Norwich City versus Manchester United in the FA Cup. The romance of an unfancied side pitting their wits against one of the giants of the game, in the most famous and storied domestic cup competition in the footballing world. Except this isn’t the first of the quarter-finals this weekend but 1959, and the Canaries, from England’s Third Division, somehow overcome Matt Busby’s all-conquering Red Devils 3-0 in front of 38,000 incredulous fans at Carrow Road. Norwich’s 1959 run to the semi-finals changed the whole way the Club and the city saw itself.
That’s the ‘Magic of the Cup’ right there — the dream of a communal experience at Wembley. Even though they lost 6-0 to Manchester City in last season’s final, most Watford fans will tell you the journey to get there, right up to the 26th minute when David Silva scored, was absolutely worth it.
So the prospect of this year’s Emirates FA Cup being played out behind closed doors is arguably more saddening than watching the Premier League with no fans. And someone who knows exactly what an FA Cup final means is Mike Summerbee, who won with Manchester City in 1969.
“That day was very special,” remembers the Blues’ Club Ambassador, whose cross to Neil Adams led to the only goal of the game. “I was brought up in football, I remembered the famous Stanley Matthews final in 1953, so to walk out into this electric atmosphere was something genuinely amazing. I really felt like the fans and our team were in it together.”
Summerbee is confident that when Pep Guardiola’s Manchester City travel to Newcastle on Sunday, they will do so with the frame of mind that there’s a trophy to win, with fans in their hearts rather than their eye lines. And he should be — as ambassador he’s actually been to all City’s behind-closed-doors clashes so far. He’s been impressed.
“Pep has got them playing so well, you’d never know there were no fans there,” he says. “Obviously the FA Cup final is all about the fans going and whoever is in the final will miss all that this season. But take it from me, if a player scores or contributes like I was fortunate enough to, they will never forget it — and the fans won’t let them either, even if this year they didn’t see it in the flesh.”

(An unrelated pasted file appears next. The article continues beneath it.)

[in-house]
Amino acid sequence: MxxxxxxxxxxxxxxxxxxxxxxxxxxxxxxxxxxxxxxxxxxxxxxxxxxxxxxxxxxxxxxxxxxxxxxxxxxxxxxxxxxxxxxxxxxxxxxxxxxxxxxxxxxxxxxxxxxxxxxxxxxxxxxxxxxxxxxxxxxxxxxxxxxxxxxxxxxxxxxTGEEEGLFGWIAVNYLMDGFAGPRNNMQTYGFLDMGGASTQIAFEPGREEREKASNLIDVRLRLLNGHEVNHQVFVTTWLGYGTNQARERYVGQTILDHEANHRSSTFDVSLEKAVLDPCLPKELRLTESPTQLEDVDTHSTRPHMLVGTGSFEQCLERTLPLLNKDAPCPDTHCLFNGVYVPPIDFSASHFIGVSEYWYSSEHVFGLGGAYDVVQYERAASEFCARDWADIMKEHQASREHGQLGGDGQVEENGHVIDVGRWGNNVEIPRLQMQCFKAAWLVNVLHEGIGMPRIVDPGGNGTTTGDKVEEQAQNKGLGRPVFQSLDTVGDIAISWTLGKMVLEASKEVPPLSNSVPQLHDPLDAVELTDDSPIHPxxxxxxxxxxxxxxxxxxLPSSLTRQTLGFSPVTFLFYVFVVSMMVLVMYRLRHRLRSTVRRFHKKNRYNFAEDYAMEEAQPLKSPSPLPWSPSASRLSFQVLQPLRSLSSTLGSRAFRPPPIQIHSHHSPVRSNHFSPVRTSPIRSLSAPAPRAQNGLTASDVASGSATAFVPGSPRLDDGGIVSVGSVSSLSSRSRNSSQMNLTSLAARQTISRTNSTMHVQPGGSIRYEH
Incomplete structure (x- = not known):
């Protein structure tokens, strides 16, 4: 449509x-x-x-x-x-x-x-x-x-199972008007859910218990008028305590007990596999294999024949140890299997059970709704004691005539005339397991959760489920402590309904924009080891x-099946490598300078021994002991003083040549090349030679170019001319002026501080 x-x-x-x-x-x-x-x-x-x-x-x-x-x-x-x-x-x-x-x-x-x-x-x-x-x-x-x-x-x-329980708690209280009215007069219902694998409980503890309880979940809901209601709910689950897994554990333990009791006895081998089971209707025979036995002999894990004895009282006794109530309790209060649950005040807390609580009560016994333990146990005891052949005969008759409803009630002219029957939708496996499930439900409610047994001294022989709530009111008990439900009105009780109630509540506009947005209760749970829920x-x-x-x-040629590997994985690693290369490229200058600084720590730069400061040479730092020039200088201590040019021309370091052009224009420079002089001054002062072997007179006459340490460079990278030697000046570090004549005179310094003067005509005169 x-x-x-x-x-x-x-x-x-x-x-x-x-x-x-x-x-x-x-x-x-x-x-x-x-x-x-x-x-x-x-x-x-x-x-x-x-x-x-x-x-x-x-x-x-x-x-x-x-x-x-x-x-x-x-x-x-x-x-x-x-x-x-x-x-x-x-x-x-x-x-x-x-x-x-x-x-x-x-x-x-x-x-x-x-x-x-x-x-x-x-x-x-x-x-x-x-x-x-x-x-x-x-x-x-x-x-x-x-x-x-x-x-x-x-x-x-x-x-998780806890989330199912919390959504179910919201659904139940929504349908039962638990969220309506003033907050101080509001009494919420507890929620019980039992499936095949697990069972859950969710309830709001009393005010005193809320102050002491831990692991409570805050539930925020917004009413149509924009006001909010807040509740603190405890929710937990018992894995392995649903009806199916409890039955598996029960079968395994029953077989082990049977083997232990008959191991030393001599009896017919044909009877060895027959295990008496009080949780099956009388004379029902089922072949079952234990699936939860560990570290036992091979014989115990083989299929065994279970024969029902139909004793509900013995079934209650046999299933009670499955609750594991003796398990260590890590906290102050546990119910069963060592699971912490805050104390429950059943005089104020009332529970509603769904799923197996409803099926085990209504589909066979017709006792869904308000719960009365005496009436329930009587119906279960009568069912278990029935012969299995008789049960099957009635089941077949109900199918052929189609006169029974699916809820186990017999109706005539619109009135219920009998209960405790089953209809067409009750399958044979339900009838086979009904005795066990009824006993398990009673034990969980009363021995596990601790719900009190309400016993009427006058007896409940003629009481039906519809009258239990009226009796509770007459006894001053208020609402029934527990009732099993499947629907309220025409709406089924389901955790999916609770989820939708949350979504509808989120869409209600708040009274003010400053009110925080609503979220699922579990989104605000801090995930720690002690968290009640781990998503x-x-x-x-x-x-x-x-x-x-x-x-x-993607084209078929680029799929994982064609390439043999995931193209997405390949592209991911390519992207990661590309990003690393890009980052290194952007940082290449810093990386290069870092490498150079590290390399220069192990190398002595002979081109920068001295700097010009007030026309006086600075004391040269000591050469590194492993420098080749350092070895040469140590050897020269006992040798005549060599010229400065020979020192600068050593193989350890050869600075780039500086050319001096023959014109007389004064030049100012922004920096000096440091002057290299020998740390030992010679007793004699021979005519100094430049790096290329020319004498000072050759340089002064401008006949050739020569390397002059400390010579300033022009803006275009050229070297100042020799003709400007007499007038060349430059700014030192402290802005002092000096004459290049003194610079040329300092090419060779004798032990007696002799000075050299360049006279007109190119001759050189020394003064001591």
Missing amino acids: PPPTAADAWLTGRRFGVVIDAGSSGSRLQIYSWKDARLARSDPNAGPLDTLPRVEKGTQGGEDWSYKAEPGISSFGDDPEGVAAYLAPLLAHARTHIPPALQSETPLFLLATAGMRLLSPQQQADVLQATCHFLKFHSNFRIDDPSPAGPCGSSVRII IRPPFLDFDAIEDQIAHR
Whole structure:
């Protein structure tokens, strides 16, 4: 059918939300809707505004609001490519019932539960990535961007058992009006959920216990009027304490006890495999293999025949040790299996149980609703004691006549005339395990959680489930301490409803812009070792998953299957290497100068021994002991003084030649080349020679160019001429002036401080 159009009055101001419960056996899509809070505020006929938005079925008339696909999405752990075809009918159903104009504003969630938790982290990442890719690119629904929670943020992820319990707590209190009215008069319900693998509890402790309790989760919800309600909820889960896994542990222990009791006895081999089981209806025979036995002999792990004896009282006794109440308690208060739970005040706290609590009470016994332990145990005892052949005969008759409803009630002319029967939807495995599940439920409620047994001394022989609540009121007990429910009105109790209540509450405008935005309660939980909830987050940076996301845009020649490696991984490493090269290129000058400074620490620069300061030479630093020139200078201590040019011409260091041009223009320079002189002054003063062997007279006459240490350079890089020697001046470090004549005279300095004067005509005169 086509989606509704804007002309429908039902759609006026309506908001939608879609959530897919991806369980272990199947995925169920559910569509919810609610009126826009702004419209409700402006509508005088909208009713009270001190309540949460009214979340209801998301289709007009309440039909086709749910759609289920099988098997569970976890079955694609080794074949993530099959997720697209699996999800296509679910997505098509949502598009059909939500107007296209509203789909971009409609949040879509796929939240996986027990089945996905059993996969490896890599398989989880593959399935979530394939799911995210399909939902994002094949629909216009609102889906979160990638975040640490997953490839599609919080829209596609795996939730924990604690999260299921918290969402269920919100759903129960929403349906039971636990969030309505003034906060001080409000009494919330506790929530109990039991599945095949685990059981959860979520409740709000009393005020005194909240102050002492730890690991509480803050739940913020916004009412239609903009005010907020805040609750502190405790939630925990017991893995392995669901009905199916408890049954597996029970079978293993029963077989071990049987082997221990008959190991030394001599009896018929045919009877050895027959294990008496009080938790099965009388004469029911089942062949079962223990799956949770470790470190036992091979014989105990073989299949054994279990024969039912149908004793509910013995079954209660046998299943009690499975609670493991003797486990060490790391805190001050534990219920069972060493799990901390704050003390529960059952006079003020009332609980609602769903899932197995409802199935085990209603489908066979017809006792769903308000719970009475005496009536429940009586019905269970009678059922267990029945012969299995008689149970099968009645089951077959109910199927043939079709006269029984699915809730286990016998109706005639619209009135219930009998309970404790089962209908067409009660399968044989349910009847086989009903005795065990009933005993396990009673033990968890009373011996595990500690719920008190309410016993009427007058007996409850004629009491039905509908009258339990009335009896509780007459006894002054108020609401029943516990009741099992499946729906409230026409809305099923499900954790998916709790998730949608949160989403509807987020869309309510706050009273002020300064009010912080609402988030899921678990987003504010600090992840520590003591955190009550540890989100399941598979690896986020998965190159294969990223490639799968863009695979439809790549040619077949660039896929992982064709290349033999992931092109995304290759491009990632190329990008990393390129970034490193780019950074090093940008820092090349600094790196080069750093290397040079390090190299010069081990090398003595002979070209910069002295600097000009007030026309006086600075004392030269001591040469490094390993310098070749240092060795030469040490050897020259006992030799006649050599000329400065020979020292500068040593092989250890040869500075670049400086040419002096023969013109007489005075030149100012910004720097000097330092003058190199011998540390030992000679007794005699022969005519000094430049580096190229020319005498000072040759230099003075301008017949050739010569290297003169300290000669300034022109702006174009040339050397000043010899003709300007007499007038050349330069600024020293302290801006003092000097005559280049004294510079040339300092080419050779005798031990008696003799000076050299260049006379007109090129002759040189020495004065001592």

At least City supporters have memories of magic Wembley days to call upon — and probably the prospect of many more. For Norwich fans though, the possibility of having to watch a final — in which they have never competed — on television is almost too much to contemplate.
“I was eagerly looking forward to the Manchester United game, but now I just can’t get excited,” admits Robin Sainty, chairman of influential fan group The Canaries Trust. “The key thing about the Cup is passion and atmosphere.
“The prospect of Norwich playing in an empty Wembley if we got that far would be utterly soul destroying.”
Which was also the attitude of Athletic Bilbao and Real Sociedad, this year’s Copa del Rey finalists. They couldn’t countenance playing the game without their supporters, so lobbied the Spanish FA to postpone the game until they were able to go.
“The desire and will of both clubs has always been, now and before, to play and enjoy the final match along with the supporters,” said their joint statement. “This is what we would like most. A final to be lived with our supporters in the stands.”
Surprisingly perhaps, the Spanish FA agreed in principle — as long as the game is played before the end of next season. The only sticking point is the Europa League place which goes to the winner, but again the teams have indicated they’re prepared to forgo it if necessary. Could we see Norwich asking something similar if it came to it? Sainty doubts it.
“It would be great, but I don’t think it’s realistic — firstly because the broadcasters would never accept it, and also because it’s tough on players who may be out of contract soon and could therefore miss their chance to play in a final. Football without fans is nothing more than a contractual obligation being reluctantly fulfilled.”
So until next year, maybe, the FA Cup will be a much-changed experience for everyone.
“You know, it will still mean so much for a Manchester City player to say they got to a Cup Final at Wembley,” says Summerbee. “Without the FA Cup, the thread of the history of football is lost. Which is why we have to play it this year. Even if it’s sad that fans can’t enjoy it in the stadium, City will just have to try and win it for them.”
FA Cup fixtures
Norwich City v Manchester United, 8.30pm
Sheffield United v Arsenal, 4pm
Leicester City v Chelsea, 7pm
Newcastle United v Manchester City, 9.30pm